'To speak to her, if I should ever find her; shelter her, if I have any shelter to divide with her; and then, without her knowledge, come to you, and bring you to her?' she asked hurriedly.
We both replied together, 'Yes!'
She lifted up her eyes, and solemnly declared that she would devote herself to this task, fervently and faithfully. That she would never waver in it, never be diverted from it, never relinquish it, while there was any chance of hope. If she were not true to it, might the object she now had in life, which bound her to something devoid of evil, in its passing away from her, leave her more forlorn and more despairing, if that were possible, than she had been upon the river's brink that night; and then might all help, human and Divine, renounce her evermore!
She did not raise her voice above her breath, or address us, but said this to the night sky; then stood profoundly quiet, looking at the gloomy water.
We judged it expedient, now, to tell her all we knew; which I recounted at length. She listened with great attention, and with a face that often changed, but had the same purpose in all its varying expressions. Her eyes occasionally filled with tears, but those she repressed. It seemed as if her spirit were quite altered, and she could not be too quiet.
She asked, when all was told, where we were to be communicated with, if occasion should arise. Under a dull lamp in the road, I wrote our two addresses on a leaf of my pocket-book, which I tore out and gave to her, and which she put in her poor bosom. I asked her where she lived herself. She said, after a pause, in no place long. It were better not to know.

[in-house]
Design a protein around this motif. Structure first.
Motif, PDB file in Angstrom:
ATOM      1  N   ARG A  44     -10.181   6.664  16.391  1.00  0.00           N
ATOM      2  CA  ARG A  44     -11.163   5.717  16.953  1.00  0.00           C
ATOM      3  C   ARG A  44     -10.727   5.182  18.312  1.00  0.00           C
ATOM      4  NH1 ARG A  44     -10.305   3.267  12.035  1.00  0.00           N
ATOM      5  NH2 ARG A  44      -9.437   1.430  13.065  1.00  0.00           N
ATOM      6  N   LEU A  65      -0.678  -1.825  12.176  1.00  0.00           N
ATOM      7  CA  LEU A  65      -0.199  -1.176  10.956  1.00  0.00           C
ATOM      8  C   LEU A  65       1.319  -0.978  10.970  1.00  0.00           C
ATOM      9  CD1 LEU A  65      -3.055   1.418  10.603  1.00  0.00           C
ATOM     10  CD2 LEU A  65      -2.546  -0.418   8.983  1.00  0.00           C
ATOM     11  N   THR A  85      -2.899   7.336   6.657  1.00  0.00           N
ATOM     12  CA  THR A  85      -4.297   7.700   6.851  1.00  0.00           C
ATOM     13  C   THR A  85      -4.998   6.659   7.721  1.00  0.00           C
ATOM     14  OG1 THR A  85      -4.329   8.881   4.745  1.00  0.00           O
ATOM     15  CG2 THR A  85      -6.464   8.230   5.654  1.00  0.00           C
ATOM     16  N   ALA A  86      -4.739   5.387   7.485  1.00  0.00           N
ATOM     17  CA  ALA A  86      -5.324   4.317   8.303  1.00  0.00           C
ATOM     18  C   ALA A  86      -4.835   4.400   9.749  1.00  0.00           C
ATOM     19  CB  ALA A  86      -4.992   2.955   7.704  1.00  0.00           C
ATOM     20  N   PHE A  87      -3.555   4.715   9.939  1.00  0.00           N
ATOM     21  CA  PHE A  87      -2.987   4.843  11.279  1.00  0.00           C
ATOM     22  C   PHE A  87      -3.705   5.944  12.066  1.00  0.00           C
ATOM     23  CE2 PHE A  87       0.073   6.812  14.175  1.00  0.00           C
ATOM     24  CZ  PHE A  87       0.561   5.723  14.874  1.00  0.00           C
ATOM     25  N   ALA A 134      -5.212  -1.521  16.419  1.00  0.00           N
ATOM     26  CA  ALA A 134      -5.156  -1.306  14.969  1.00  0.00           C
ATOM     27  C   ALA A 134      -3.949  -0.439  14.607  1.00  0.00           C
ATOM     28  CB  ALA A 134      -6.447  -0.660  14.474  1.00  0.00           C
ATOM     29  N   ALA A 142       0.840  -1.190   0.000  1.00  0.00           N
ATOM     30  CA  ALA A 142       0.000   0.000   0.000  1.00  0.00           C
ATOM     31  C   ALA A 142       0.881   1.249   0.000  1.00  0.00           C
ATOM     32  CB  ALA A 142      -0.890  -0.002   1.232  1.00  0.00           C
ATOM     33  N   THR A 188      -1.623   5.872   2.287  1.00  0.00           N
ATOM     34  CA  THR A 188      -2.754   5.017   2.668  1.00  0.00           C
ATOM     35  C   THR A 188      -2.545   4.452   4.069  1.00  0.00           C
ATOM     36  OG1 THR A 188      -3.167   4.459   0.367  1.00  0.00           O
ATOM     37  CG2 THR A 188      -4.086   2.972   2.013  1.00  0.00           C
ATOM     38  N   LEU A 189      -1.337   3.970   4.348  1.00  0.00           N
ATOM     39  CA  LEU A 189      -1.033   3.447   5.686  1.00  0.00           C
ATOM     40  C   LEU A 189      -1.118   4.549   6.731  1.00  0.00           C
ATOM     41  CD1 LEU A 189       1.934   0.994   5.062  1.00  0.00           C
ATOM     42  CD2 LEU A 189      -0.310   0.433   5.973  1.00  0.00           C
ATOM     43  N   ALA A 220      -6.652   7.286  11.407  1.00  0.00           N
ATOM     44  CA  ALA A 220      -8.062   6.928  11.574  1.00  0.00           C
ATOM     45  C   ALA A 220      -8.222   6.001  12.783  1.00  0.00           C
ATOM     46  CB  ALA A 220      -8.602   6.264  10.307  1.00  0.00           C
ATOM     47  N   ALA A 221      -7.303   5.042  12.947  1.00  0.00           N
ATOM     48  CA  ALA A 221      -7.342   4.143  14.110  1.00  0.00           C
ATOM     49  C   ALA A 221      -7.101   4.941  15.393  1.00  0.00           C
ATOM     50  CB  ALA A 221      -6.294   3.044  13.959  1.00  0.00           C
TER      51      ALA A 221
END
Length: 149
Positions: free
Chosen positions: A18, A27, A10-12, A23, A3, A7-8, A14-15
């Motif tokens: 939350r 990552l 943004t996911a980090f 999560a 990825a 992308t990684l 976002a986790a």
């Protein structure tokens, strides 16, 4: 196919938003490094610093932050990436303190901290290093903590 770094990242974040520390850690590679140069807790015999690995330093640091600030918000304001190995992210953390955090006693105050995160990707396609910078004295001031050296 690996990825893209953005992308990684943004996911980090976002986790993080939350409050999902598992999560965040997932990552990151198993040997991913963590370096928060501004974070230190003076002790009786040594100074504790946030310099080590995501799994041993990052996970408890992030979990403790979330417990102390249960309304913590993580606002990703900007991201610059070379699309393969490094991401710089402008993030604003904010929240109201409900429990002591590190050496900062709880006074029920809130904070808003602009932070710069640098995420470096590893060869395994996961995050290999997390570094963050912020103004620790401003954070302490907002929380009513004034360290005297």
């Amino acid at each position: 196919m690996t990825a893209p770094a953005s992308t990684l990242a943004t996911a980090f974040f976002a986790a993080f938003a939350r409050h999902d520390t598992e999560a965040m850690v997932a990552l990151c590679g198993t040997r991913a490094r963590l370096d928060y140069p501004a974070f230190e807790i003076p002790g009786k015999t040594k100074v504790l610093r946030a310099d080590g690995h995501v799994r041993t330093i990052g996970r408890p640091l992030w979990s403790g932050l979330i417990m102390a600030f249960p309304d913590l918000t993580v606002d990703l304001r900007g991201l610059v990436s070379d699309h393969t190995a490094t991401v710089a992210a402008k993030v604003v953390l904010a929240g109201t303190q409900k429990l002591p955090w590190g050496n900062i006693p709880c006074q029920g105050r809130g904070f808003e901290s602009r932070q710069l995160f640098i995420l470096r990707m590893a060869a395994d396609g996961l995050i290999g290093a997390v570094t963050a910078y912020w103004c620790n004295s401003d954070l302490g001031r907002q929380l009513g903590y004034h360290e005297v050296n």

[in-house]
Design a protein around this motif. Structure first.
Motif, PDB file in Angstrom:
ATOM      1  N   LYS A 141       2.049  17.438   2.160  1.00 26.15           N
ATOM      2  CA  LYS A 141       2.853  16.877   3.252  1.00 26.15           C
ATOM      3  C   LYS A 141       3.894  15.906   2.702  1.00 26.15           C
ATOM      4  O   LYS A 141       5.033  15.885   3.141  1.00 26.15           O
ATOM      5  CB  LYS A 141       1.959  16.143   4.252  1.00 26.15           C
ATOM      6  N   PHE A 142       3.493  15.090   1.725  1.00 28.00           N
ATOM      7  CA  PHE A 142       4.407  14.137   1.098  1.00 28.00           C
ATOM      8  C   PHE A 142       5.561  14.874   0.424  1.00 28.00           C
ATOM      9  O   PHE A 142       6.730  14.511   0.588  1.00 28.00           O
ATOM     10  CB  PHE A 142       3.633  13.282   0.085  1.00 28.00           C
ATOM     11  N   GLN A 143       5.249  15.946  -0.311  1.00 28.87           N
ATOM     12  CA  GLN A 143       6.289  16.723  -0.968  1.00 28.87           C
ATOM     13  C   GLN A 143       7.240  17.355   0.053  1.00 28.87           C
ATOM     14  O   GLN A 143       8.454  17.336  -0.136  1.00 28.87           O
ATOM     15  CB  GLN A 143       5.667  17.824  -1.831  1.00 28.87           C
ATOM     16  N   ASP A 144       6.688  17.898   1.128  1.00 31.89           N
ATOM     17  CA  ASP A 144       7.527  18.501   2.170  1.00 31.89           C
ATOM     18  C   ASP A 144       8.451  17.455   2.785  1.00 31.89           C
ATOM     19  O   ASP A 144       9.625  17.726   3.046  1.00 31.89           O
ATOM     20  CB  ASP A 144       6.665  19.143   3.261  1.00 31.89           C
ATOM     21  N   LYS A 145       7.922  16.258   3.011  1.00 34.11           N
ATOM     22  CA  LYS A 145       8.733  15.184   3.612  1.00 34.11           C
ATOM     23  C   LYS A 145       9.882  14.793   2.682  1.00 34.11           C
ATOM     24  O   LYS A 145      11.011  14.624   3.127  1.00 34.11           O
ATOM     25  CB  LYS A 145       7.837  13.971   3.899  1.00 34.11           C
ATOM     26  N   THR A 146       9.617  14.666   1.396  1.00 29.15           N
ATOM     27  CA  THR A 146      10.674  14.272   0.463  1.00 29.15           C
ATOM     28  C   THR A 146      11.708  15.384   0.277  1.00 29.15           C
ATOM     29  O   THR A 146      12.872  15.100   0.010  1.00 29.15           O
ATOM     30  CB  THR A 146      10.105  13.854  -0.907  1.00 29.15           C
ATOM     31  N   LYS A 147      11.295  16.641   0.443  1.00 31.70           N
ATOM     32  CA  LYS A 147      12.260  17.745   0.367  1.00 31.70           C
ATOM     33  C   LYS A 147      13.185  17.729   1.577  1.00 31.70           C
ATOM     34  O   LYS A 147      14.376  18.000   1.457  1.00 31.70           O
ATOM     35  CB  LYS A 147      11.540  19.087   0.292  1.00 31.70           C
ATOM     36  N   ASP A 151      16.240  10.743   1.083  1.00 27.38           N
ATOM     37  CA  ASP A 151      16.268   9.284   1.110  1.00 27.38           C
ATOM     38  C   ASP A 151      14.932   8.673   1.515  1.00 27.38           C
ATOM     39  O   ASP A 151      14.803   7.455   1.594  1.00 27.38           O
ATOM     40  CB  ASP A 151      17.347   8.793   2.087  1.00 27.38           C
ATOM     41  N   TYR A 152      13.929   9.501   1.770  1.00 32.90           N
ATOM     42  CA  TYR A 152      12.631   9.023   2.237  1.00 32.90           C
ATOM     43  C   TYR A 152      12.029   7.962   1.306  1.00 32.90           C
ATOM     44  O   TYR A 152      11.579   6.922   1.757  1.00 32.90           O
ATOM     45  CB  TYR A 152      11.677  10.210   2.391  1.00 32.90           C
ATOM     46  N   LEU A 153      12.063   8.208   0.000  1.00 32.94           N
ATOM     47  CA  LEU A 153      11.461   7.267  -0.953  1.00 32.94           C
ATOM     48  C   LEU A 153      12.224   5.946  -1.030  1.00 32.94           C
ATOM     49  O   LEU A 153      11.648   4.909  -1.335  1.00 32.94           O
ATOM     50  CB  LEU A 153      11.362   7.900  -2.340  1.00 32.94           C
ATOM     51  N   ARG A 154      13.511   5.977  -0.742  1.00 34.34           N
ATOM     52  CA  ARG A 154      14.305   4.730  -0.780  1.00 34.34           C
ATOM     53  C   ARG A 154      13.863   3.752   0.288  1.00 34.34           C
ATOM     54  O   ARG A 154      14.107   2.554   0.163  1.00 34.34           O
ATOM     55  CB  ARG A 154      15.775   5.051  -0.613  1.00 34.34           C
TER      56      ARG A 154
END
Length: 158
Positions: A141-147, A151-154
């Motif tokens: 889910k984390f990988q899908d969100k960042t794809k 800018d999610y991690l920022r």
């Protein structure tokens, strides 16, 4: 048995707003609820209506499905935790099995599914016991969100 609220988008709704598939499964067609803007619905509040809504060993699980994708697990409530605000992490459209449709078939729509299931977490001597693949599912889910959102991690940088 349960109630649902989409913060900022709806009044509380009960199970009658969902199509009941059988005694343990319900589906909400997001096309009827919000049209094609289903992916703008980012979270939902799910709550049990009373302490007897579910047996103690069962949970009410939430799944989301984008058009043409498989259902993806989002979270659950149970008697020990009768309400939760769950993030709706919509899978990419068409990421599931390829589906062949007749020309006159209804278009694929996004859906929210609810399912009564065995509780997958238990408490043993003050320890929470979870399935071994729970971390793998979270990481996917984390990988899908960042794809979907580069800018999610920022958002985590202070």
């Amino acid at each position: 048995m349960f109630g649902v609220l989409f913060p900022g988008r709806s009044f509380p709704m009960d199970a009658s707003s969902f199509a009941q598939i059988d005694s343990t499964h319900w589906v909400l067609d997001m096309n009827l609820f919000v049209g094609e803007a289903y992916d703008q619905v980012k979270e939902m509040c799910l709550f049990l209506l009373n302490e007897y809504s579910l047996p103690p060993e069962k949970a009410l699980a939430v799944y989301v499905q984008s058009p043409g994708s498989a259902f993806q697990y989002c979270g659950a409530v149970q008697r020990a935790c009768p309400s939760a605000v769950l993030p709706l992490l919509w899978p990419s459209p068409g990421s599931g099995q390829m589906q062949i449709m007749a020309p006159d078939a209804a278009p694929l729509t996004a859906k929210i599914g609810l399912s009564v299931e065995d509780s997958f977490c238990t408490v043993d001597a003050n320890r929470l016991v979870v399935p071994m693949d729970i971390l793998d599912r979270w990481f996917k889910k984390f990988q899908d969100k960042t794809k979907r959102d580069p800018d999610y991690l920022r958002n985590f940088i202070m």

Mr. Peggotty suggesting to me, in a whisper, what had already occurred to myself, I took out my purse; but I could not prevail upon her to accept any money, nor could I exact any promise from her that she would do so at another time. I represented to her that Mr. Peggotty could not be called, for one in his condition, poor; and that the idea of her engaging in this search, while depending on her own resources, shocked us both. She continued steadfast. In this particular, his influence upon her was equally powerless with mine. She gratefully thanked him but remained inexorable.
'There may be work to be got,' she said. 'I'll try.'